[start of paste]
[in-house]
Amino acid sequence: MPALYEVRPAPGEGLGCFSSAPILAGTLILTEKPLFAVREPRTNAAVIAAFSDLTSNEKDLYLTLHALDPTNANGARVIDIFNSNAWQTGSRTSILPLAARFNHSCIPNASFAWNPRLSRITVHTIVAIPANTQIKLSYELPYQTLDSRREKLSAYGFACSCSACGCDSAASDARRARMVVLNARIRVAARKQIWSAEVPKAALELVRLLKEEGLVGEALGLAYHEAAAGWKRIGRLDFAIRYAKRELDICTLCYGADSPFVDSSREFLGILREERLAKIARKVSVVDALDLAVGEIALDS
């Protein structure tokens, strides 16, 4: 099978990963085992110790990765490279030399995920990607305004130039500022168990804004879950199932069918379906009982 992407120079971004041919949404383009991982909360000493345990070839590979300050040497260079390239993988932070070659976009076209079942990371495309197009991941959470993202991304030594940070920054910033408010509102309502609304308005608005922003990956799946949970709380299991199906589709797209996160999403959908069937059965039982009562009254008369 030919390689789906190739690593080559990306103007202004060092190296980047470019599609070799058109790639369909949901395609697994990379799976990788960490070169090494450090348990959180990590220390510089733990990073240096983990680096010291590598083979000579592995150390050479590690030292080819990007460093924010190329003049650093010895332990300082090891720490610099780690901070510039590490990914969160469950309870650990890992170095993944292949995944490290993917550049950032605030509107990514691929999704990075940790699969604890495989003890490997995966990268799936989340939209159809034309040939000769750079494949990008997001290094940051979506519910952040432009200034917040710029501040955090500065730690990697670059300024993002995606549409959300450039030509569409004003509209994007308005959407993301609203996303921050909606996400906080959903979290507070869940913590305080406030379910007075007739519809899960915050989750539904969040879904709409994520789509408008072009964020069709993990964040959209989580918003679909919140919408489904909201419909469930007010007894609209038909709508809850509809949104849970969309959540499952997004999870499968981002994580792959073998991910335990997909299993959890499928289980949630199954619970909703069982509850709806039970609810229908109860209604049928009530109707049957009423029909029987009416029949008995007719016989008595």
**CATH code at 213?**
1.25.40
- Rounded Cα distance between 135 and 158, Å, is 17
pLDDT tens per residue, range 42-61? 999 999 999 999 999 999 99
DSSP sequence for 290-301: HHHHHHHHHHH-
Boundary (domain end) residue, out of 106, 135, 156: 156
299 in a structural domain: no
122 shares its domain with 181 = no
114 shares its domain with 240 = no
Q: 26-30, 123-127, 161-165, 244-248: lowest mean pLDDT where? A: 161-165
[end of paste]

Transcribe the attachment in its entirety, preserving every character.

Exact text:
[in-house]
Amino acid sequence: MPALYEVRPAPGEGLGCFSSAPILAGTLILTEKPLFAVREPRTNAAVIAAFSDLTSNEKDLYLTLHALDPTNANGARVIDIFNSNAWQTGSRTSILPLAARFNHSCIPNASFAWNPRLSRITVHTIVAIPANTQIKLSYELPYQTLDSRREKLSAYGFACSCSACGCDSAASDARRARMVVLNARIRVAARKQIWSAEVPKAALELVRLLKEEGLVGEALGLAYHEAAAGWKRIGRLDFAIRYAKRELDICTLCYGADSPFVDSSREFLGILREERLAKIARKVSVVDALDLAVGEIALDS
């Protein structure tokens, strides 16, 4: 099978990963085992110790990765490279030399995920990607305004130039500022168990804004879950199932069918379906009982 992407120079971004041919949404383009991982909360000493345990070839590979300050040497260079390239993988932070070659976009076209079942990371495309197009991941959470993202991304030594940070920054910033408010509102309502609304308005608005922003990956799946949970709380299991199906589709797209996160999403959908069937059965039982009562009254008369 030919390689789906190739690593080559990306103007202004060092190296980047470019599609070799058109790639369909949901395609697994990379799976990788960490070169090494450090348990959180990590220390510089733990990073240096983990680096010291590598083979000579592995150390050479590690030292080819990007460093924010190329003049650093010895332990300082090891720490610099780690901070510039590490990914969160469950309870650990890992170095993944292949995944490290993917550049950032605030509107990514691929999704990075940790699969604890495989003890490997995966990268799936989340939209159809034309040939000769750079494949990008997001290094940051979506519910952040432009200034917040710029501040955090500065730690990697670059300024993002995606549409959300450039030509569409004003509209994007308005959407993301609203996303921050909606996400906080959903979290507070869940913590305080406030379910007075007739519809899960915050989750539904969040879904709409994520789509408008072009964020069709993990964040959209989580918003679909919140919408489904909201419909469930007010007894609209038909709508809850509809949104849970969309959540499952997004999870499968981002994580792959073998991910335990997909299993959890499928289980949630199954619970909703069982509850709806039970609810229908109860209604049928009530109707049957009423029909029987009416029949008995007719016989008595």
**CATH code at 213?**
1.25.40
- Rounded Cα distance between 135 and 158, Å, is 17
pLDDT tens per residue, range 42-61? 999 999 999 999 999 999 99
DSSP sequence for 290-301: HHHHHHHHHHH-
Boundary (domain end) residue, out of 106, 135, 156: 156
299 in a structural domain: no
122 shares its domain with 181 = no
114 shares its domain with 240 = no
Q: 26-30, 123-127, 161-165, 244-248: lowest mean pLDDT where? A: 161-165